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Bindi Irwin is facing a backlash in the US after entering one of America's most heated public relations battles.
The 15-year-old, alongside mother Terri and brother Robert, announced during an appearance on the top-rating US morning TV programme, Good Morning America, yesterday she is teaming up with SeaWorld theme parks.
Orlando-based SeaWorld Entertainment Inc has been pounded by bad press, protests and boycotts by performers including Willie Nelson and The Beach Boys the past year after the release of the award-winning film documentary Blackfish, which probes the treatment of killer whales at the company's theme parks.
"I'm so excited to be carrying on in Dad's footsteps and making sure that everything he worked so hard for continues for the generations to come," Bindi, speaking of her father Steve "The Crocodile Hunter" Irwin, who died in 2006 from a stingray barb, said.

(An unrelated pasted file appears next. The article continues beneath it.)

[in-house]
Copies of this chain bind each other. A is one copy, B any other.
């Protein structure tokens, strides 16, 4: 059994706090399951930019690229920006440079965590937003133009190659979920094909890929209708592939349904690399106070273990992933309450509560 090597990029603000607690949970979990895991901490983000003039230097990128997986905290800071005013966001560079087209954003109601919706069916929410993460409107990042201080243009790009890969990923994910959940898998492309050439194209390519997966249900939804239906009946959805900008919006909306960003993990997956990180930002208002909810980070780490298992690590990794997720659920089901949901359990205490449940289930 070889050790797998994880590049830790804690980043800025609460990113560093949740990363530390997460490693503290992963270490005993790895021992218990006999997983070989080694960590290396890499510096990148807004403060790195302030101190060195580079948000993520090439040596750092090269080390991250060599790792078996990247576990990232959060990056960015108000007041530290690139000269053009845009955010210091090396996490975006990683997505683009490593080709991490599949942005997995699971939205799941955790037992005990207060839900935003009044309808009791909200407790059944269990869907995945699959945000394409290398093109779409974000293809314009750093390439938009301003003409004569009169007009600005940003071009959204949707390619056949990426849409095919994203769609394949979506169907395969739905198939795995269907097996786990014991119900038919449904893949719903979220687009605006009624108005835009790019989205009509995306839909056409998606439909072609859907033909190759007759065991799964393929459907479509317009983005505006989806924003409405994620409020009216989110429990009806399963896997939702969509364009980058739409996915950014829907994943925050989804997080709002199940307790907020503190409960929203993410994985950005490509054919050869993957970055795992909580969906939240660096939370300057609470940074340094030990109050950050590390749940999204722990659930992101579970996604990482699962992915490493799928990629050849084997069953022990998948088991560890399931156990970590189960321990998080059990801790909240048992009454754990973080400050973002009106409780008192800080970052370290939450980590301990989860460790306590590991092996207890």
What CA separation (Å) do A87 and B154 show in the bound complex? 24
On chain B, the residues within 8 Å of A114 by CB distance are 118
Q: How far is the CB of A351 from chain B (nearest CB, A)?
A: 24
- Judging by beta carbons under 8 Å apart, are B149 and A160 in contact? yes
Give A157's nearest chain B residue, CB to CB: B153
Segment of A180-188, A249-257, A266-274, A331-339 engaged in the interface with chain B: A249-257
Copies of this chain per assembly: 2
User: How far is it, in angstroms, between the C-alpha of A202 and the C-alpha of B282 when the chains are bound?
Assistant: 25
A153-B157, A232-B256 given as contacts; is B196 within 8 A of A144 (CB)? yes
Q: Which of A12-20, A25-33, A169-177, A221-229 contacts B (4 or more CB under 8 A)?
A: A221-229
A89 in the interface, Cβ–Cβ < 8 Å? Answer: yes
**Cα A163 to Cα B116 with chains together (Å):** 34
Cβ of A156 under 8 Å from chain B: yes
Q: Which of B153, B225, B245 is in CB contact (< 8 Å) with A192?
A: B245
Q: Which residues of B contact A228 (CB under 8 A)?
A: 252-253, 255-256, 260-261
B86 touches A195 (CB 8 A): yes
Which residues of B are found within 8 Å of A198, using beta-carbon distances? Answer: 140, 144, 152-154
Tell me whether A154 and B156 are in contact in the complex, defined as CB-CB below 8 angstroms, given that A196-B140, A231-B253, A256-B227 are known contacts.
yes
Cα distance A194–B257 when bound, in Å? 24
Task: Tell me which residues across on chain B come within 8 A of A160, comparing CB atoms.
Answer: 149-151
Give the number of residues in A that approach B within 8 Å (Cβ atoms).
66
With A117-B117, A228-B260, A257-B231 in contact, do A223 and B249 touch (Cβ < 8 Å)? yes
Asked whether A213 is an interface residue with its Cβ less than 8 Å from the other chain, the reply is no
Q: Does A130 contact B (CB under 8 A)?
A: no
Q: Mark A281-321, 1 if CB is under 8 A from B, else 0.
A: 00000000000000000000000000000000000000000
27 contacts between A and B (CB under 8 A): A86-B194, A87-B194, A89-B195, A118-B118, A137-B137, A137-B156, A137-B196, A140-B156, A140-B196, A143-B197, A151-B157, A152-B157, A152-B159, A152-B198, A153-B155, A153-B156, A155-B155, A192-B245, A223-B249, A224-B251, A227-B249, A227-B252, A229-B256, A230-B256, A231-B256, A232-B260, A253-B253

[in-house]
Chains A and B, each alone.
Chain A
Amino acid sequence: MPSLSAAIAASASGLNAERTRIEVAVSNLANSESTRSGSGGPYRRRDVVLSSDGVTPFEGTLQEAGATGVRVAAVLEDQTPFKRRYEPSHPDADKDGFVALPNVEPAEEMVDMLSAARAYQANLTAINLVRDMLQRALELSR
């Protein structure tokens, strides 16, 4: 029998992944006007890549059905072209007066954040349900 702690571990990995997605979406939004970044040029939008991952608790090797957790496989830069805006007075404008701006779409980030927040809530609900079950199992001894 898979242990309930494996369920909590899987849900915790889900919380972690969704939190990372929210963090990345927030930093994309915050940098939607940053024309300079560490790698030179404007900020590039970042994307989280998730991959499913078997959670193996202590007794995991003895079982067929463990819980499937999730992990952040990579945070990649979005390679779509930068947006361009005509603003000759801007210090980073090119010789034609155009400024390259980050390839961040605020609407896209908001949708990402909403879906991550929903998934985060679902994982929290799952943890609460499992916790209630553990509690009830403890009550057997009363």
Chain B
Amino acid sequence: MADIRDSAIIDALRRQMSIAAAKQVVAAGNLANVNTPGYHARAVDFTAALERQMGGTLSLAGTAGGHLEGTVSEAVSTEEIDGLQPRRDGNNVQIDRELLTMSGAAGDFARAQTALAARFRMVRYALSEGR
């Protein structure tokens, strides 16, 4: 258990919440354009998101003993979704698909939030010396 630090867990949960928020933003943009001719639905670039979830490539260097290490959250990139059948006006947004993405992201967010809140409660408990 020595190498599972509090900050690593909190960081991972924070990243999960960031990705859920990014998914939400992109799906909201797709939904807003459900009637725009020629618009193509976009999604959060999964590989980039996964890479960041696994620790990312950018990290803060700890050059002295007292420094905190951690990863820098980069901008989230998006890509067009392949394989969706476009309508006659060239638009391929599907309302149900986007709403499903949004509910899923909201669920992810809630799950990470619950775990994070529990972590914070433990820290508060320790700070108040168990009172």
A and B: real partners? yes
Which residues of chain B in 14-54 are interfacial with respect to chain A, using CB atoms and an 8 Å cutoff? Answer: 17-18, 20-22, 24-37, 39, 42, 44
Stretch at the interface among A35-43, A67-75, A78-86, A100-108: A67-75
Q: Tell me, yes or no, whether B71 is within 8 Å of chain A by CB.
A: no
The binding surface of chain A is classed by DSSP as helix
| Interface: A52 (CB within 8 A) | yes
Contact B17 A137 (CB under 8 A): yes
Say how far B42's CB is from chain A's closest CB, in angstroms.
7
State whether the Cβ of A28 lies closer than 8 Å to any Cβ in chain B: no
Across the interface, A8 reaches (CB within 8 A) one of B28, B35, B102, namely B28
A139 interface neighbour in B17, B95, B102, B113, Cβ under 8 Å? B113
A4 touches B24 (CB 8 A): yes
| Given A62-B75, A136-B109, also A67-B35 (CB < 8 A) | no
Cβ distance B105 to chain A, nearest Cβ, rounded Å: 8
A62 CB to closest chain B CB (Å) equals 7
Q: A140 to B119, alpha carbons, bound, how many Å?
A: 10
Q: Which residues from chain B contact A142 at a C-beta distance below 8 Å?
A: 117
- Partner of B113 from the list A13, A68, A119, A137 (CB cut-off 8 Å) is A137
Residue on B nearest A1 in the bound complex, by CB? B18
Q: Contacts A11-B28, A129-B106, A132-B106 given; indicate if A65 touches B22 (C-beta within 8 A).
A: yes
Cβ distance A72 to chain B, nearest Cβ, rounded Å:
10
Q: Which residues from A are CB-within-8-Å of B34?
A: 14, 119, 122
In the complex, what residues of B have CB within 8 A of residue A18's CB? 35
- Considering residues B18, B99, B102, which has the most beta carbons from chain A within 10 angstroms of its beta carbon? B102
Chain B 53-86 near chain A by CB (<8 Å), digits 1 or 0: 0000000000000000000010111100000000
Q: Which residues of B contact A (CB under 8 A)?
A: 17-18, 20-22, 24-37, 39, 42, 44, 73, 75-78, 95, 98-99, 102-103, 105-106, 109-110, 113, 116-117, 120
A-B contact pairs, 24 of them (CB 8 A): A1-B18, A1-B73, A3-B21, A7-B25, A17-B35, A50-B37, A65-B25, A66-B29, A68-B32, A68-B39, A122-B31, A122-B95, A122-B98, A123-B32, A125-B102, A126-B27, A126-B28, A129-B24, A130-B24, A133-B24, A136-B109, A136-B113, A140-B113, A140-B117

"That's why I'm thrilled to be empowering kids."
Bindi urged viewers to log into seaworldkids.com
"I'm thrilled to be partnered up with SeaWorld," Bindi said.
"Thrilled to be part of this new project Generation Nature and just encouraging kids to change the world."
The announcement set off an avalanche of angry Twitter posts, with one opponent, Amanda Holliday, Tweeting: "How much do you think #SeaWorld had to pay Bindi Irwin to try to fix their image?"
Another from Pat Fitzgerald read: "@BindiIrwin Have you seen #Blackfish? Please do not bring shame to your fathers name by colluding with #SeaWorld".
SeaWorld has launched an aggressive online and media campaign against the Blackfish documentary, including placing full-page ads in America's biggest-selling newspapers titled: "Open Letter from SeaWorld's Animal Advocates.
SeaWorld has also spent $US70 million ($A78 million) improving its killer-whale habitats the past three years.
SeaWorld, unrelated to the Queensland, Gold Coast, theme park Sea World, has parks in San Diego, Orlando and San Antonio.